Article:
Monday, August 24, 2009

Islamic finance at crossroads

by Alfean Hardy
The Islamic finance sector, both locally and abroad, is now at a crossroad and is facing the possibility of not being able to present itself as an alternative to the conventional financial system, said KPMG executive director John Lee. In a presentation at the Malaysian Corporate Conference 2009 in Kuala Lumpur last week, Lee said that the global sector was in good shape, with excess liquidity and good growth rates.
"It's still recording good growth rates in spite of the global financial turmoil that we've been seeing. In Malaysia, we've seen tremendous growth rates as well, registering an over 20% growth rate.
"However, a lot of this (locally) has been because of the displacement of conventional banking rather than creating a new market. It's about market share, taking from the conventional rather than growing new market share. So we have to see this growth rate with some scepticism. "There's (also) been a number of people who have been saying that, if we'd had more Islamic finance, we would not be seeing what we've been seeing in the markets to some extent," Lee said.
"Also, we didn't see a lot of collapse of, or issues with, Islamic banks resulting from the global financial turmoil. "We have to be careful about saying that, (in the case of banks collapsing/being affected), it's not because they were insulated, better managed or smarter. It was simply that a lot of them were not exposed to toxic assets, that's all," he added.
Lee, who was involved in KPMG's report entitled "Growth and diversification in Islamic finance" released in 2007, added that the industry was now at point where the market was no longer in its infancy but was maturing.
"The risk of maturing is, where do we go (from here)? The risk, in my opinion, is that it's converging with conventional finance and not diverging from conventional finance.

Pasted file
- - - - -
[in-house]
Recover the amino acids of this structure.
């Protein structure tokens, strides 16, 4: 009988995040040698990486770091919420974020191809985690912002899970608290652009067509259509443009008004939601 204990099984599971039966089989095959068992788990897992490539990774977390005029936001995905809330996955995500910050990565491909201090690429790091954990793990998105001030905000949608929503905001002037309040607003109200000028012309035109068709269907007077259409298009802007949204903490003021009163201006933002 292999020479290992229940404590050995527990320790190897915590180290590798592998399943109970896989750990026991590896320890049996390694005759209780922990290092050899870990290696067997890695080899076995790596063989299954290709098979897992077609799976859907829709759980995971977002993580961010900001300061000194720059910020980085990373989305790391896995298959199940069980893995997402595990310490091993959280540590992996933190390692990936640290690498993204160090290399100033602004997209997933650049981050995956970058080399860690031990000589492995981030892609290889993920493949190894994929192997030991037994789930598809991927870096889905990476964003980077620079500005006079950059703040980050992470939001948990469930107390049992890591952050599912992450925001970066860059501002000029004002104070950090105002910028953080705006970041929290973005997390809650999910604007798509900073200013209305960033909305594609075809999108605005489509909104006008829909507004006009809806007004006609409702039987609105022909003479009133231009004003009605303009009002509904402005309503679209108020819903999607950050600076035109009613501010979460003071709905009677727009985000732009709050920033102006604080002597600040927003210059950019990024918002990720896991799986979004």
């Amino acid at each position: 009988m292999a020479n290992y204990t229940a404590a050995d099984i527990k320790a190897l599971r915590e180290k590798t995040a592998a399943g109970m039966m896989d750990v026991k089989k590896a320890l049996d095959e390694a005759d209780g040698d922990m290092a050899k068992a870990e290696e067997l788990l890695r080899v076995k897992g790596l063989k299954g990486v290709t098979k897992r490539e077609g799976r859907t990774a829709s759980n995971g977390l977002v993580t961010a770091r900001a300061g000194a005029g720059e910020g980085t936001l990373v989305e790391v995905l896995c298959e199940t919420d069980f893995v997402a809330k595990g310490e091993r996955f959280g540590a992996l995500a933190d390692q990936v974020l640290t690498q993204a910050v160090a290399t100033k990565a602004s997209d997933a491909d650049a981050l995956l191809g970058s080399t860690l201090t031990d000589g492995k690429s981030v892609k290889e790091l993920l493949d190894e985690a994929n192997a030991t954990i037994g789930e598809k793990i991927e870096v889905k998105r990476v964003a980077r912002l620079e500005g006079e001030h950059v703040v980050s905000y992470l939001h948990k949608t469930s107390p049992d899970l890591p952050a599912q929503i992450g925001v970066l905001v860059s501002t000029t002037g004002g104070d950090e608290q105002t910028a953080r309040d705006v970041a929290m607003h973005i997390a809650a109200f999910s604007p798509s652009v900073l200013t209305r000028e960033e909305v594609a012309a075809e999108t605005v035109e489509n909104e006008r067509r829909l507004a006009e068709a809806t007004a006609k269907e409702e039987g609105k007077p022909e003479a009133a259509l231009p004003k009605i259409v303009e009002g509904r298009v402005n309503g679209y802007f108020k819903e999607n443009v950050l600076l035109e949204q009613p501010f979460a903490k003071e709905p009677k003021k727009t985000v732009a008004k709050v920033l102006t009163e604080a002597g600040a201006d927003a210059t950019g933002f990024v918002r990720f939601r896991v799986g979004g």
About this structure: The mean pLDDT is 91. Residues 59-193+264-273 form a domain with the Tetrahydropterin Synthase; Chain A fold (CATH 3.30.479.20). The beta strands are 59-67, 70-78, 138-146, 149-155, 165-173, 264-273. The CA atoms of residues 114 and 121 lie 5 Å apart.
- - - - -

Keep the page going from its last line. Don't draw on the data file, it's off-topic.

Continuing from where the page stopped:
"Initially, it was important for (the industry) to have some similarity with conventional financing. Because of familiarity, a conventional mirror was an asset but if we continue down that path, the fear is that we'll be converging with conventional. And my argument will be, why bother then?" he said. Lee said he would like to see the industry undergo a divergence from conventional finance, noting that the whole idea was one of alternative finance — to create a market that provides an alternative space to conventional banking.
"But, if it moves along the path I've seen, it's going to be a lot more convergence, to have more Shariah-compliant as opposed to Shariah-based products. A lot of the instruments out there (now) are Shariah-compliant products rather than Shariah-based products," he added.
At a question and answer session later, International Shariah Research Academy (Isra) associate researcher Shabnam Mohamad Mokhtar said economists have argued that Shariah-compliant products were conventional products that have been Islamised while Shariah-based products were those that truly originated from the Shariah perspective.
"If you go by that argument, if you go into murabahah, which is a sales transaction, and if you go into ijarah, which is a lease transaction, aren't these in the conventional space (as well)? "If you look at the Prophet's approach, he never differentiated between Shariah-compliant and Shariah-based. It's still the same contract. "If the contracts had any Shariah contradiction, he would take out the contradiction and it would be Islamised," she added.
Shabnam said the issue here was one of innovation and frustration in the market about the Islamising of conventional products.
"Consumers, however, understand the conventional and their demand is for (Islamic products) that are on par with conventional products, thus the supply from the banks is going that way.
"But, when you take the venture capitalist approach, then that is truly the Shariah way. Isra is looking at this but it's a matter of educating the industry," she said.

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